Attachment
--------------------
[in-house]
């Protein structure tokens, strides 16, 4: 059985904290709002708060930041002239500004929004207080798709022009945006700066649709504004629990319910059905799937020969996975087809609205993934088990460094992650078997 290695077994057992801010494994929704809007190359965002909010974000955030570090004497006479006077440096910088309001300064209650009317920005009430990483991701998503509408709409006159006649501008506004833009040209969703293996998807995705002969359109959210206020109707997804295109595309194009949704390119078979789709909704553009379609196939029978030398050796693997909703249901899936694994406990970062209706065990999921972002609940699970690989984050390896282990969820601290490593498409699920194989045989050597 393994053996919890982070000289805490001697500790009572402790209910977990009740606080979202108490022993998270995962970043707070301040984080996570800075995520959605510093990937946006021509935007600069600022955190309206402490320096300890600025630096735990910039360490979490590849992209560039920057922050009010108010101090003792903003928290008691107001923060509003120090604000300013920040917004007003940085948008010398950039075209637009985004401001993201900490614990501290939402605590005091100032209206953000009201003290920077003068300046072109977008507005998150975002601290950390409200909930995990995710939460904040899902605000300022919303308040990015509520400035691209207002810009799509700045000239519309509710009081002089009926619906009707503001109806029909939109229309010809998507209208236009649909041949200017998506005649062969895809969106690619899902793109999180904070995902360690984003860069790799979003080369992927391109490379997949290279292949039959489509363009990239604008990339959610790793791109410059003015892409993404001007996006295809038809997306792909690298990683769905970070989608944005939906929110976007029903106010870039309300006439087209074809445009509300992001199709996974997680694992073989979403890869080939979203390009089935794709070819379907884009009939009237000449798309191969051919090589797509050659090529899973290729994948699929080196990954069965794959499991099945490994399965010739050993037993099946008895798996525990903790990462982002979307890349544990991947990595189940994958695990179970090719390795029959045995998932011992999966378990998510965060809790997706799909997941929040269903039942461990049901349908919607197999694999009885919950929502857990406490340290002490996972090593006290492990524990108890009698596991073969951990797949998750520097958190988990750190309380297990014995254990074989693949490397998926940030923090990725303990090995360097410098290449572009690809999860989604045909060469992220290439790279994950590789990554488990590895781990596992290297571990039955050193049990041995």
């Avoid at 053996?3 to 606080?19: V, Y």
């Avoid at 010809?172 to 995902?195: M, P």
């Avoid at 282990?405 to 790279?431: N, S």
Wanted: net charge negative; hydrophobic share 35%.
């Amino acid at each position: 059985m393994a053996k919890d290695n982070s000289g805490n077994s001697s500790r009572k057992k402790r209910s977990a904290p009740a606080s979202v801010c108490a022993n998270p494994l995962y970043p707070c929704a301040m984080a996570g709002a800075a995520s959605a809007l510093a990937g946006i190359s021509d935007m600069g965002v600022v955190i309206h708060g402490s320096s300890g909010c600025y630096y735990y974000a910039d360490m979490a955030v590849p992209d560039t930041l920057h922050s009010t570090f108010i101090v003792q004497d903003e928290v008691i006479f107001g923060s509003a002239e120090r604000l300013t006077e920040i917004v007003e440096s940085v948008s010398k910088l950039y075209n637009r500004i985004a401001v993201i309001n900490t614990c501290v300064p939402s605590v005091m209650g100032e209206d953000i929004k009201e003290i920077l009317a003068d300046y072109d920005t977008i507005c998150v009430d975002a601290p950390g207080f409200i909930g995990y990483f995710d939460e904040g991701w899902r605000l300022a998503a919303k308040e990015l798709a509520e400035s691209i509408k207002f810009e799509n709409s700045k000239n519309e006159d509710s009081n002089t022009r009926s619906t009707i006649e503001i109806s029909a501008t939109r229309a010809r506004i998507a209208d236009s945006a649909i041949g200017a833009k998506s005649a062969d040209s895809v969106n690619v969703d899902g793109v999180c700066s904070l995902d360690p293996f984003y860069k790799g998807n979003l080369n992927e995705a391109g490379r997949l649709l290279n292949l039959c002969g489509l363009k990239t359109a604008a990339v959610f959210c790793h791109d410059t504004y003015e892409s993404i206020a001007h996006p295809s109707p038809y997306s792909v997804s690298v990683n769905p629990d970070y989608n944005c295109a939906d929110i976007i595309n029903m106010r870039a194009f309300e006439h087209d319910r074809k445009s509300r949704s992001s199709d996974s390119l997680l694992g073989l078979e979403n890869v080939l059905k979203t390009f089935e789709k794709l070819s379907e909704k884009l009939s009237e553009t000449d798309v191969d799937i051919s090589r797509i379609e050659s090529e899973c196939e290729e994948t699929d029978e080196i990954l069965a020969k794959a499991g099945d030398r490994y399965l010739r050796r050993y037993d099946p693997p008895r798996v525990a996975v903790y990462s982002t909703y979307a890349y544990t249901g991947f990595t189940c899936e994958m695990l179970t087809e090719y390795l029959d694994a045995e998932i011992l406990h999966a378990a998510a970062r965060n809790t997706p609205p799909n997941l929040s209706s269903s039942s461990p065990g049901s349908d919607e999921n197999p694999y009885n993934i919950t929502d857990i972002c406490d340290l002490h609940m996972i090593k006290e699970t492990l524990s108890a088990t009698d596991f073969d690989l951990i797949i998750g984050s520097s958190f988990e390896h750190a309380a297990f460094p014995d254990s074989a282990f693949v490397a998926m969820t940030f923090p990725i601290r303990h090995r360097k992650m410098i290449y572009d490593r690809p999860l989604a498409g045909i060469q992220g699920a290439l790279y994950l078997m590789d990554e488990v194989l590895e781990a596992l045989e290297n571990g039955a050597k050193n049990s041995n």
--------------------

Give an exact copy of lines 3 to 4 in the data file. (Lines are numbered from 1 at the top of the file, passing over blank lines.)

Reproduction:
């Avoid at 053996?3 to 606080?19: V, Y």
């Avoid at 010809?172 to 995902?195: M, P």